The Social Life of Robots: The Politics of Algorithms, Governance, and Sovereignty
This symposium aims to broaden the way scholars theorise and empirically treat the increasingly complex relationships between robots and social life, especially in the context of our historically anthropocentric human geographies. The authors of this symposium engage a range of diverse epistemological, ontological, and methodological commitments, but all in some way address the power dynamics and shifting political economies involved in human–robotic interactions as well as possibilities for resisting and overcoming particular forms of domination and oppression. At the same time, the papers present new avenues for conceptualising the rise of robots and robotics and the everyday socio-spatial relations of contemporary algorithmic life. In a rapidly evolving present and future, where life is increasingly managed in relation to algorithmic imaginaries and automated fantasies, these papers demonstrate the potential for geographers to make significant interventions and contributions to investigate the limits, contradictions, and messy contingencies of socio-technical assemblages, to trace the shifting spatialities and temporalities of the geographies of algorithmic governance, and to envision radical democratic, post-capitalist, emancipatory alternatives. These futures are unlikely to be “robot free”, so the question remains how will we build a future set of geographies that acknowledges this reality while also claiming space for the diverse and rich expansion of all forms of life, both human and non-human?.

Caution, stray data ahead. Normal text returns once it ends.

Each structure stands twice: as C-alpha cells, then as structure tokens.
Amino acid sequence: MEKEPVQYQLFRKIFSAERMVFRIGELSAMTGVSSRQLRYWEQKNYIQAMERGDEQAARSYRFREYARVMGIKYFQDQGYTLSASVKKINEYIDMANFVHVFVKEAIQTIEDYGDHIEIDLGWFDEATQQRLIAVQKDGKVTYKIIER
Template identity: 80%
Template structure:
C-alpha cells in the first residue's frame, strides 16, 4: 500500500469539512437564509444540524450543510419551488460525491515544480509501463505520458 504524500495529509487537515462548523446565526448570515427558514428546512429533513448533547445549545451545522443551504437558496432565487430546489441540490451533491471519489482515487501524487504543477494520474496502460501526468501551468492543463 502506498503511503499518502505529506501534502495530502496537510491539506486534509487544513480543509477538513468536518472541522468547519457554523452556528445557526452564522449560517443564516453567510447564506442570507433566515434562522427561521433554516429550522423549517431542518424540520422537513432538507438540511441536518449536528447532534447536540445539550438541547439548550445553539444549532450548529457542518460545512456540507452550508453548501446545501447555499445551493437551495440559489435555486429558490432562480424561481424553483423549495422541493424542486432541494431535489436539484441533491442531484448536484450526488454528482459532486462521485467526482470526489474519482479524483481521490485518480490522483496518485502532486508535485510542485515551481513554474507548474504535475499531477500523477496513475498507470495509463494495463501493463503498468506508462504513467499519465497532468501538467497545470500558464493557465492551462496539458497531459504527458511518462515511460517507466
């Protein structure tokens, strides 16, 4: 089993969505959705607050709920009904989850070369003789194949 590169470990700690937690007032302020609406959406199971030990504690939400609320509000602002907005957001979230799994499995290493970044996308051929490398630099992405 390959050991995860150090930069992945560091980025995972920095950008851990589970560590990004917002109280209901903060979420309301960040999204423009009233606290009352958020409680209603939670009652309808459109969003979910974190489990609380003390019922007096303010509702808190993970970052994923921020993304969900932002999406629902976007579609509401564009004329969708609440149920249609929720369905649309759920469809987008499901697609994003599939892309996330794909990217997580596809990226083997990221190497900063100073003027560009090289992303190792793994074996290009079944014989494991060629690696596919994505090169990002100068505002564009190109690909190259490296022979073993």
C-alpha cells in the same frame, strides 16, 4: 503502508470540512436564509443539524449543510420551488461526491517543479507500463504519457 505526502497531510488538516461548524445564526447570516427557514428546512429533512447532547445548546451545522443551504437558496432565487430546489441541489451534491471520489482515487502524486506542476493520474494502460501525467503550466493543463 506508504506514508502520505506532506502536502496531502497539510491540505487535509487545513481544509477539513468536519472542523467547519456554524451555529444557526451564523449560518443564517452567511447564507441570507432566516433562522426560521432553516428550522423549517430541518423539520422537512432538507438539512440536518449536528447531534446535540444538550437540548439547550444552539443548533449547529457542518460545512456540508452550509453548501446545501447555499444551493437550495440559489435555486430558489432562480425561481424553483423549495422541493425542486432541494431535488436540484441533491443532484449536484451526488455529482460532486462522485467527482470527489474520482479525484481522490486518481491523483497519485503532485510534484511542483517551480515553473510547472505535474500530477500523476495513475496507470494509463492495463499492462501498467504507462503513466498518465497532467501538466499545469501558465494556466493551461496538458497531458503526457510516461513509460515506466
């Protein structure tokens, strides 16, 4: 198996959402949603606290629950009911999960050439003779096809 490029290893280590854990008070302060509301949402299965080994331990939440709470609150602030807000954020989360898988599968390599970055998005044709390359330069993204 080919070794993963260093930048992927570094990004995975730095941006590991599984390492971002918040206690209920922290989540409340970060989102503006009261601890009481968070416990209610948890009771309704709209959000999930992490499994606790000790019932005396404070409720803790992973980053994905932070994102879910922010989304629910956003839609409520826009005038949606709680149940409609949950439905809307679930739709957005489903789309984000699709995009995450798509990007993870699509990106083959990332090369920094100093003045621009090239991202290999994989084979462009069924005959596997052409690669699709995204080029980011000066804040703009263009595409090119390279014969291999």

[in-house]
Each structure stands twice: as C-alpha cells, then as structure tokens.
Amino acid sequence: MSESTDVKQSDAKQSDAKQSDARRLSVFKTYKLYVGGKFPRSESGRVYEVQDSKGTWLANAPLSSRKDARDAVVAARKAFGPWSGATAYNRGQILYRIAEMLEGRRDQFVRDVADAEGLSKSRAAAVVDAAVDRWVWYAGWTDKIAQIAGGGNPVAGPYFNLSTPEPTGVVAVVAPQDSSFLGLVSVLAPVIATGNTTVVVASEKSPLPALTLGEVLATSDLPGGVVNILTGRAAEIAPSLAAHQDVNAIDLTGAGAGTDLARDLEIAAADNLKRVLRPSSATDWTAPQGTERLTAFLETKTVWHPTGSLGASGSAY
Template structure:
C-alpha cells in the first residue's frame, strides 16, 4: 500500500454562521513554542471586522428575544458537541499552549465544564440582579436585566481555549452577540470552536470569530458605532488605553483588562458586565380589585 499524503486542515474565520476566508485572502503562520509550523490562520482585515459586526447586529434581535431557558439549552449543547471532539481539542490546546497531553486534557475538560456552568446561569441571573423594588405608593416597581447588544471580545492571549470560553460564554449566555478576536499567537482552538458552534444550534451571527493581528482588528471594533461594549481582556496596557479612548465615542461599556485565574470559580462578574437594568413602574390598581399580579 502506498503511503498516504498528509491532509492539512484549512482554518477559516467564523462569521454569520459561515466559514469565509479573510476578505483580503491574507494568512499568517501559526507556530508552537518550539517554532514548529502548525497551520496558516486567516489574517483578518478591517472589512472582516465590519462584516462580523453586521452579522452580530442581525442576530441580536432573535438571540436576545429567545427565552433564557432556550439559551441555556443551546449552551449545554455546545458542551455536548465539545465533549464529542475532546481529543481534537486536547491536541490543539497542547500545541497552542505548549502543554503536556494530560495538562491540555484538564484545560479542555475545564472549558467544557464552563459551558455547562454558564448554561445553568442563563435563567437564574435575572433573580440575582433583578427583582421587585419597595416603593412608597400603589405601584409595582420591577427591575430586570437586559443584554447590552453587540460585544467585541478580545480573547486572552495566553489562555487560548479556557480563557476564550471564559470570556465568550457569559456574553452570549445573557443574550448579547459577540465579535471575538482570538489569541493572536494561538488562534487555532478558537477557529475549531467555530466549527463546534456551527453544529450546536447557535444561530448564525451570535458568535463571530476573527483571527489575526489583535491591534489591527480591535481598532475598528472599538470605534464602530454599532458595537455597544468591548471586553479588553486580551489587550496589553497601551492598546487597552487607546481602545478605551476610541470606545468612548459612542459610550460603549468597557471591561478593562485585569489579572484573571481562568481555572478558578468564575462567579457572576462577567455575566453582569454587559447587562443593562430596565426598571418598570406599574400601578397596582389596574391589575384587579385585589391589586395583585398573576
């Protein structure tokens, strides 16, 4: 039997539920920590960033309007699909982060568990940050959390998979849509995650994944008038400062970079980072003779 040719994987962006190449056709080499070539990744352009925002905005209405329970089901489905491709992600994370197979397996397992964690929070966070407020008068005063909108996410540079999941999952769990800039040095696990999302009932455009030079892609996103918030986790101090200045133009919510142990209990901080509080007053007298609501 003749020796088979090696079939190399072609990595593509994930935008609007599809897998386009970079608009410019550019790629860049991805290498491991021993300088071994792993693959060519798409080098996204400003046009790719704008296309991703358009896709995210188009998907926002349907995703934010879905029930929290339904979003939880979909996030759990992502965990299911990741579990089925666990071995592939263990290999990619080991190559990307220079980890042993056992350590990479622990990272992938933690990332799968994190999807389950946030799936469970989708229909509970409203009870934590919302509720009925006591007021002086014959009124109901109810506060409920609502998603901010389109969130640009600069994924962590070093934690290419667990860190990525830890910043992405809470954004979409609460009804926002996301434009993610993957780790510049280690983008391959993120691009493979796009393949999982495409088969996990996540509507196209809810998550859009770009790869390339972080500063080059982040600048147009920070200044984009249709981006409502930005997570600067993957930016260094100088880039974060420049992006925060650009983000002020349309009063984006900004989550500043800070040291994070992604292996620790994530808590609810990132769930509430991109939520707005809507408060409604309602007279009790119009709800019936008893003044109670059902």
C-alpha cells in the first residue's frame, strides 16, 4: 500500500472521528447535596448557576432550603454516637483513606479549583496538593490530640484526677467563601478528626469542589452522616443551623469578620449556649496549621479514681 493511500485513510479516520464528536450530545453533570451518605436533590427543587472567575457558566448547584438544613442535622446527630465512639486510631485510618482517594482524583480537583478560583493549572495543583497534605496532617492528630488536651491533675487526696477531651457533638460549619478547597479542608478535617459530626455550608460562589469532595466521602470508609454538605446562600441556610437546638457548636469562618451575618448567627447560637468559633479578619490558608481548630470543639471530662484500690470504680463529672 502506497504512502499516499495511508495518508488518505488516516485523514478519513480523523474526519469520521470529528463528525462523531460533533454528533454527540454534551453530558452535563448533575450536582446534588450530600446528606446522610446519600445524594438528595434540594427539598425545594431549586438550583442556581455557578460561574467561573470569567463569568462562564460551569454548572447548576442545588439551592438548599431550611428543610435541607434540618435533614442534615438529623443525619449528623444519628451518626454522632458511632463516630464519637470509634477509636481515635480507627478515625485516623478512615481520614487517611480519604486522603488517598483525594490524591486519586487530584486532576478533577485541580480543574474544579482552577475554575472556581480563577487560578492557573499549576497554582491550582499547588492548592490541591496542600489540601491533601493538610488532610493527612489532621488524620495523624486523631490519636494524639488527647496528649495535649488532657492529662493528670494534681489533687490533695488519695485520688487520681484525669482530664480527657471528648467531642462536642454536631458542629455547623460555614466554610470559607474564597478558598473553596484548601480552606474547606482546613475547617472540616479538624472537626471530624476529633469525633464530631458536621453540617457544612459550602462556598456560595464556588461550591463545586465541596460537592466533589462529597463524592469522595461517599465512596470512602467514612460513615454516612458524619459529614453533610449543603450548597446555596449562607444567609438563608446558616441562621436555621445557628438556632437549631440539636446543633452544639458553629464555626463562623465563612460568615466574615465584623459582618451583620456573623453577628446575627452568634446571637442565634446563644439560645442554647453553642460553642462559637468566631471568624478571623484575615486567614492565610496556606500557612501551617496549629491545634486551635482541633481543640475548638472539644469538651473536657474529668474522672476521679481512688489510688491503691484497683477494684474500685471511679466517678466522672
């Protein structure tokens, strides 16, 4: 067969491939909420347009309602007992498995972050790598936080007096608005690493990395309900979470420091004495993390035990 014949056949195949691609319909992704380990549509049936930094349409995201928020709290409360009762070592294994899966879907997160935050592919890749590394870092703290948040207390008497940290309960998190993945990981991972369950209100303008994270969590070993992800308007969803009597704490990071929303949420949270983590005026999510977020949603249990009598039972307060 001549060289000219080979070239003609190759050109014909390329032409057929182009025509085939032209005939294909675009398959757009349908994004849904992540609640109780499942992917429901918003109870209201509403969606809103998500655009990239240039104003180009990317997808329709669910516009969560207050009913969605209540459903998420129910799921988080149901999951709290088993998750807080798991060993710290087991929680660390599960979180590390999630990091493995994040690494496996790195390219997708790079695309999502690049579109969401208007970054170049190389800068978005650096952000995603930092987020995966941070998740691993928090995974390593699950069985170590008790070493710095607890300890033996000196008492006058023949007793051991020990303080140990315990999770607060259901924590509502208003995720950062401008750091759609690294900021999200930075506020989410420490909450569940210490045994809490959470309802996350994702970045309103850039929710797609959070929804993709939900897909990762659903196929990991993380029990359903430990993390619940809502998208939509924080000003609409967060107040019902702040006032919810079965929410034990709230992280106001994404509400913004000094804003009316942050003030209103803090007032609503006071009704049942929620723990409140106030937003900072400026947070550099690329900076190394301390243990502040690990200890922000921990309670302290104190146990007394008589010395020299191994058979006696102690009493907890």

algorithmic life, automated ecologies, human–robotic interactions, socio-technical assemblages, technological sovereignty
Vincent J. Del Casino, Lily House-Peters, Jeremy W. Crampton, and Hannes Gerhardt. "The Social Life of Robots: The Politics of Algorithms, Governance, and Sovereignty" Antipode (2020): 605-618. https://doi.org/10.1111/anti.12616